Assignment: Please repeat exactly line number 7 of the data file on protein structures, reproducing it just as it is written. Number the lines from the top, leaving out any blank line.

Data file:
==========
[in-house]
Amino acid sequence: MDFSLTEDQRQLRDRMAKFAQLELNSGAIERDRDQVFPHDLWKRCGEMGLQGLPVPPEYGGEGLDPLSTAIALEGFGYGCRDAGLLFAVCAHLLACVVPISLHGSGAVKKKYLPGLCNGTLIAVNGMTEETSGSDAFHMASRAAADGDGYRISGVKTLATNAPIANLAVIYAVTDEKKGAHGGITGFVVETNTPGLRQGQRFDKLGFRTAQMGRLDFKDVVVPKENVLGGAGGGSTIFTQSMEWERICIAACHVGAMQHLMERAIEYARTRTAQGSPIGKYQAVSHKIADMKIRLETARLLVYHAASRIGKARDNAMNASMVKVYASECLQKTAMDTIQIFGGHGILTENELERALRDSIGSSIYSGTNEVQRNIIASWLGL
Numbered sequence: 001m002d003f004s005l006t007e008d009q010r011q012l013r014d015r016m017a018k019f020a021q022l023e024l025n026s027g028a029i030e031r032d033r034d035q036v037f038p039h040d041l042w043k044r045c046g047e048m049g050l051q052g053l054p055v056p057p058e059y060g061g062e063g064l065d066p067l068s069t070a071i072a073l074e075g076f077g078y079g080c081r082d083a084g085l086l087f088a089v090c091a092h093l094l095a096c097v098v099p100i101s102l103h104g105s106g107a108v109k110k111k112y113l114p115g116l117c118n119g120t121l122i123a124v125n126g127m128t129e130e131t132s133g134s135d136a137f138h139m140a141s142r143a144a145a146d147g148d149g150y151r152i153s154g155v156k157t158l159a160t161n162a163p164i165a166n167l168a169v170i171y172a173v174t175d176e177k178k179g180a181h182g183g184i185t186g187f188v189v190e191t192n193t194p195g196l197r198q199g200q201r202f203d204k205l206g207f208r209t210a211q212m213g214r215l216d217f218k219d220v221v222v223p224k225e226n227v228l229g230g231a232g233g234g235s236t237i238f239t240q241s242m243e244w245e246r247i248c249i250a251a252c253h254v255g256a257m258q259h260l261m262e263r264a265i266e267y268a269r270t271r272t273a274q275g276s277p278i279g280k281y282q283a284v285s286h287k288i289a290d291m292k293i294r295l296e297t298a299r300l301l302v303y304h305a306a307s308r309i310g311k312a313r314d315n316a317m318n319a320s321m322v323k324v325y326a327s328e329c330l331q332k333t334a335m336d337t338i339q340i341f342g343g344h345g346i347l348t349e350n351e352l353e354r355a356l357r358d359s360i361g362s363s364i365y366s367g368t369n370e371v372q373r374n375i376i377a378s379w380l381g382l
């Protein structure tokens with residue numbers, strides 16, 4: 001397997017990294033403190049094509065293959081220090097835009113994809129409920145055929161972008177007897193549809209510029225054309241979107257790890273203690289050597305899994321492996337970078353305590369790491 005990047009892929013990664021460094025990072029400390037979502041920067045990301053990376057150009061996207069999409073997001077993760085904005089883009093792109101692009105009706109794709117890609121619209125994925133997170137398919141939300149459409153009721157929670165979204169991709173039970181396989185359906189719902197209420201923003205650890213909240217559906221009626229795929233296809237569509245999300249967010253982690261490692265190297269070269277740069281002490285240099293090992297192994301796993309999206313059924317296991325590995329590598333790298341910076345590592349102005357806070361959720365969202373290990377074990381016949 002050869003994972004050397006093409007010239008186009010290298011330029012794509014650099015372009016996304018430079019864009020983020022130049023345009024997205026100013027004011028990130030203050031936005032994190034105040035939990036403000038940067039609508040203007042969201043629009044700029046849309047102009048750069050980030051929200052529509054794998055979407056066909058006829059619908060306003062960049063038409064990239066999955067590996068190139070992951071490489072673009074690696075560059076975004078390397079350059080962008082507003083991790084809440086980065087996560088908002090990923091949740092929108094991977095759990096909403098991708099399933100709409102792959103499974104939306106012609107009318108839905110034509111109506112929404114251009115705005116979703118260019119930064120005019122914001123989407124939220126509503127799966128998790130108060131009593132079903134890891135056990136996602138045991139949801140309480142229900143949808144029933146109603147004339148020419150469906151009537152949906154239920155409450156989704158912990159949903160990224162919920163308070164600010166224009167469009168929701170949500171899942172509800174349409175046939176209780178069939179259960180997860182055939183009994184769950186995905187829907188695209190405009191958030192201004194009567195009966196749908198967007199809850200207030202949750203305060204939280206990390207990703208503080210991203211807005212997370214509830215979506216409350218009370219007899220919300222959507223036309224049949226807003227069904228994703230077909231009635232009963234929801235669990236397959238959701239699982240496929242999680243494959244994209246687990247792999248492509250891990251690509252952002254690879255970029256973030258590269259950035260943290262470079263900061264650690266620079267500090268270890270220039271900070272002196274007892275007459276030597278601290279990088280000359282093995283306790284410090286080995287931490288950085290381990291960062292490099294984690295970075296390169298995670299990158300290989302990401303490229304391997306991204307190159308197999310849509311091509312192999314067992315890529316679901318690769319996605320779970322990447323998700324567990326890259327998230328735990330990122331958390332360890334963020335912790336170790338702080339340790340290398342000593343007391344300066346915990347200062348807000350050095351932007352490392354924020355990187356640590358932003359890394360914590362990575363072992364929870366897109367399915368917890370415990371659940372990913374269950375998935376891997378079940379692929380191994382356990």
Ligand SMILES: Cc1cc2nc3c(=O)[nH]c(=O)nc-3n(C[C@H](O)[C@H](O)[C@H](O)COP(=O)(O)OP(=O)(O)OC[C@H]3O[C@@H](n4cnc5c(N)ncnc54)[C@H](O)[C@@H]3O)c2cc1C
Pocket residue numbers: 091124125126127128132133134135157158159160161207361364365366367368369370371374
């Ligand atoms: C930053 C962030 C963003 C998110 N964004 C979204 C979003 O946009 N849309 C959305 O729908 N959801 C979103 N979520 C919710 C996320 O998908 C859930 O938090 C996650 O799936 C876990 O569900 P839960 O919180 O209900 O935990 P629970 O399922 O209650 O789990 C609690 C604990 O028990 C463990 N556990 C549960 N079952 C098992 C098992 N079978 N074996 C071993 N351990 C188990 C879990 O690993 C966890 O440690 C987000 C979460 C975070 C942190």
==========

């Ligand atoms: C930053 C962030 C963003 C998110 N964004 C979204 C979003 O946009 N849309 C959305 O729908 N959801 C979103 N979520 C919710 C996320 O998908 C859930 O938090 C996650 O799936 C876990 O569900 P839960 O919180 O209900 O935990 P629970 O399922 O209650 O789990 C609690 C604990 O028990 C463990 N556990 C549960 N079952 C098992 C098992 N079978 N074996 C071993 N351990 C188990 C879990 O690993 C966890 O440690 C987000 C979460 C975070 C942190």